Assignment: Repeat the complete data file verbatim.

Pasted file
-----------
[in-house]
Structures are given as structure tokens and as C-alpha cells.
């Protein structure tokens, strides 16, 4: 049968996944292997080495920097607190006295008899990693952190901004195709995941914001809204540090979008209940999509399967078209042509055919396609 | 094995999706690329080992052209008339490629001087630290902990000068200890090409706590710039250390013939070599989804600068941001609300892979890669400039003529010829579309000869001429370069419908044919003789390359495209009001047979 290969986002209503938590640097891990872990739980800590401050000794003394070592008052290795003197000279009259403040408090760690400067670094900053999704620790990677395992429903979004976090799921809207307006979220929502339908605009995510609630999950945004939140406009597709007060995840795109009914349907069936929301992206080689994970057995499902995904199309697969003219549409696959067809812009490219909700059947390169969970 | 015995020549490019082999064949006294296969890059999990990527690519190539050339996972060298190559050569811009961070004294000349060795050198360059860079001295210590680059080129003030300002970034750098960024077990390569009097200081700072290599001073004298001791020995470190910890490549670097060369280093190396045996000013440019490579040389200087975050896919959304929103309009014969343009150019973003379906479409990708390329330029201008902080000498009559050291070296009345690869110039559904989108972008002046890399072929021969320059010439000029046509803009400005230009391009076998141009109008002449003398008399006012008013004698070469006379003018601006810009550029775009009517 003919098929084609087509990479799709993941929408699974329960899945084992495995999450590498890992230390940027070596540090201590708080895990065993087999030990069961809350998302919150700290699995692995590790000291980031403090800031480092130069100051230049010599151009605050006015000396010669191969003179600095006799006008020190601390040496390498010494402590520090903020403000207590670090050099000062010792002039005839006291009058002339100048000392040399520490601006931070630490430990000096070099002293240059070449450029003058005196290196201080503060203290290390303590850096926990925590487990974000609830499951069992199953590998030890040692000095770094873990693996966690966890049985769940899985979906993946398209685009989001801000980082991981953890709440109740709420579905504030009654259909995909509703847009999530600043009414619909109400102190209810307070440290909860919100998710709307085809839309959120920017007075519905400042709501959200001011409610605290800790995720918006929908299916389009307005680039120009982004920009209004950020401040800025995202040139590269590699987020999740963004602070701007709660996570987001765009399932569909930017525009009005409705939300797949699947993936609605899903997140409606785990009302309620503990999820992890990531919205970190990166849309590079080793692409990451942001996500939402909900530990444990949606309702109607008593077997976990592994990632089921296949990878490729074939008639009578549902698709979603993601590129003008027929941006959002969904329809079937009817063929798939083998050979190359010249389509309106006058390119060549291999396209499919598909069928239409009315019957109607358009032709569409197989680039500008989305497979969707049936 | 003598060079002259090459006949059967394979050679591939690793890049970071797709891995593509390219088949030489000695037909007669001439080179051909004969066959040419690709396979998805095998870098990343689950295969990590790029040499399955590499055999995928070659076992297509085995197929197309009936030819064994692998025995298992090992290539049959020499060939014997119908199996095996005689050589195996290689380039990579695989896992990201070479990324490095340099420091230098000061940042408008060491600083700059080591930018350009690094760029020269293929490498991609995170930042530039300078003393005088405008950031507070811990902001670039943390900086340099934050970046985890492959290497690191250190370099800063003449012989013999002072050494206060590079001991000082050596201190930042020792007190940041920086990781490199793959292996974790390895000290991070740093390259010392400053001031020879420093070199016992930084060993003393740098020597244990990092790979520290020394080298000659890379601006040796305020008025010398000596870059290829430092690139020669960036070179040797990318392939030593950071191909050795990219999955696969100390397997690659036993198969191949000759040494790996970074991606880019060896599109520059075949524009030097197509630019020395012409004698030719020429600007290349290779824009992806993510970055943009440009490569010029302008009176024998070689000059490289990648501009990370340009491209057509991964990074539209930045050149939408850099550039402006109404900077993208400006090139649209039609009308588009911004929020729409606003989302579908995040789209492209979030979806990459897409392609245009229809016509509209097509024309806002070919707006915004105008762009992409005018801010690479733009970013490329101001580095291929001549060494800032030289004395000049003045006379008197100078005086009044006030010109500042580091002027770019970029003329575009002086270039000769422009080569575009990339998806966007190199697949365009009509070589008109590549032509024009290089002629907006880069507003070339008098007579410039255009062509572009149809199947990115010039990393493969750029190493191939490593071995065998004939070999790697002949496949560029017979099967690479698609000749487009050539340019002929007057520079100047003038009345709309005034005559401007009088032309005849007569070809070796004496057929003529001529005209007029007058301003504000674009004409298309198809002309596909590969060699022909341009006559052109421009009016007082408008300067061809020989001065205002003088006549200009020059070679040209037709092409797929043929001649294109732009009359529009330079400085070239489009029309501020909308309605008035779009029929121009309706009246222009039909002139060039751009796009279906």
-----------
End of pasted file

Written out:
[in-house]
Structures are given as structure tokens and as C-alpha cells.
């Protein structure tokens, strides 16, 4: 049968996944292997080495920097607190006295008899990693952190901004195709995941914001809204540090979008209940999509399967078209042509055919396609 | 094995999706690329080992052209008339490629001087630290902990000068200890090409706590710039250390013939070599989804600068941001609300892979890669400039003529010829579309000869001429370069419908044919003789390359495209009001047979 290969986002209503938590640097891990872990739980800590401050000794003394070592008052290795003197000279009259403040408090760690400067670094900053999704620790990677395992429903979004976090799921809207307006979220929502339908605009995510609630999950945004939140406009597709007060995840795109009914349907069936929301992206080689994970057995499902995904199309697969003219549409696959067809812009490219909700059947390169969970 | 015995020549490019082999064949006294296969890059999990990527690519190539050339996972060298190559050569811009961070004294000349060795050198360059860079001295210590680059080129003030300002970034750098960024077990390569009097200081700072290599001073004298001791020995470190910890490549670097060369280093190396045996000013440019490579040389200087975050896919959304929103309009014969343009150019973003379906479409990708390329330029201008902080000498009559050291070296009345690869110039559904989108972008002046890399072929021969320059010439000029046509803009400005230009391009076998141009109008002449003398008399006012008013004698070469006379003018601006810009550029775009009517 003919098929084609087509990479799709993941929408699974329960899945084992495995999450590498890992230390940027070596540090201590708080895990065993087999030990069961809350998302919150700290699995692995590790000291980031403090800031480092130069100051230049010599151009605050006015000396010669191969003179600095006799006008020190601390040496390498010494402590520090903020403000207590670090050099000062010792002039005839006291009058002339100048000392040399520490601006931070630490430990000096070099002293240059070449450029003058005196290196201080503060203290290390303590850096926990925590487990974000609830499951069992199953590998030890040692000095770094873990693996966690966890049985769940899985979906993946398209685009989001801000980082991981953890709440109740709420579905504030009654259909995909509703847009999530600043009414619909109400102190209810307070440290909860919100998710709307085809839309959120920017007075519905400042709501959200001011409610605290800790995720918006929908299916389009307005680039120009982004920009209004950020401040800025995202040139590269590699987020999740963004602070701007709660996570987001765009399932569909930017525009009005409705939300797949699947993936609605899903997140409606785990009302309620503990999820992890990531919205970190990166849309590079080793692409990451942001996500939402909900530990444990949606309702109607008593077997976990592994990632089921296949990878490729074939008639009578549902698709979603993601590129003008027929941006959002969904329809079937009817063929798939083998050979190359010249389509309106006058390119060549291999396209499919598909069928239409009315019957109607358009032709569409197989680039500008989305497979969707049936 | 003598060079002259090459006949059967394979050679591939690793890049970071797709891995593509390219088949030489000695037909007669001439080179051909004969066959040419690709396979998805095998870098990343689950295969990590790029040499399955590499055999995928070659076992297509085995197929197309009936030819064994692998025995298992090992290539049959020499060939014997119908199996095996005689050589195996290689380039990579695989896992990201070479990324490095340099420091230098000061940042408008060491600083700059080591930018350009690094760029020269293929490498991609995170930042530039300078003393005088405008950031507070811990902001670039943390900086340099934050970046985890492959290497690191250190370099800063003449012989013999002072050494206060590079001991000082050596201190930042020792007190940041920086990781490199793959292996974790390895000290991070740093390259010392400053001031020879420093070199016992930084060993003393740098020597244990990092790979520290020394080298000659890379601006040796305020008025010398000596870059290829430092690139020669960036070179040797990318392939030593950071191909050795990219999955696969100390397997690659036993198969191949000759040494790996970074991606880019060896599109520059075949524009030097197509630019020395012409004698030719020429600007290349290779824009992806993510970055943009440009490569010029302008009176024998070689000059490289990648501009990370340009491209057509991964990074539209930045050149939408850099550039402006109404900077993208400006090139649209039609009308588009911004929020729409606003989302579908995040789209492209979030979806990459897409392609245009229809016509509209097509024309806002070919707006915004105008762009992409005018801010690479733009970013490329101001580095291929001549060494800032030289004395000049003045006379008197100078005086009044006030010109500042580091002027770019970029003329575009002086270039000769422009080569575009990339998806966007190199697949365009009509070589008109590549032509024009290089002629907006880069507003070339008098007579410039255009062509572009149809199947990115010039990393493969750029190493191939490593071995065998004939070999790697002949496949560029017979099967690479698609000749487009050539340019002929007057520079100047003038009345709309005034005559401007009088032309005849007569070809070796004496057929003529001529005209007029007058301003504000674009004409298309198809002309596909590969060699022909341009006559052109421009009016007082408008300067061809020989001065205002003088006549200009020059070679040209037709092409797929043929001649294109732009009359529009330079400085070239489009029309501020909308309605008035779009029929121009309706009246222009039909002139060039751009796009279906």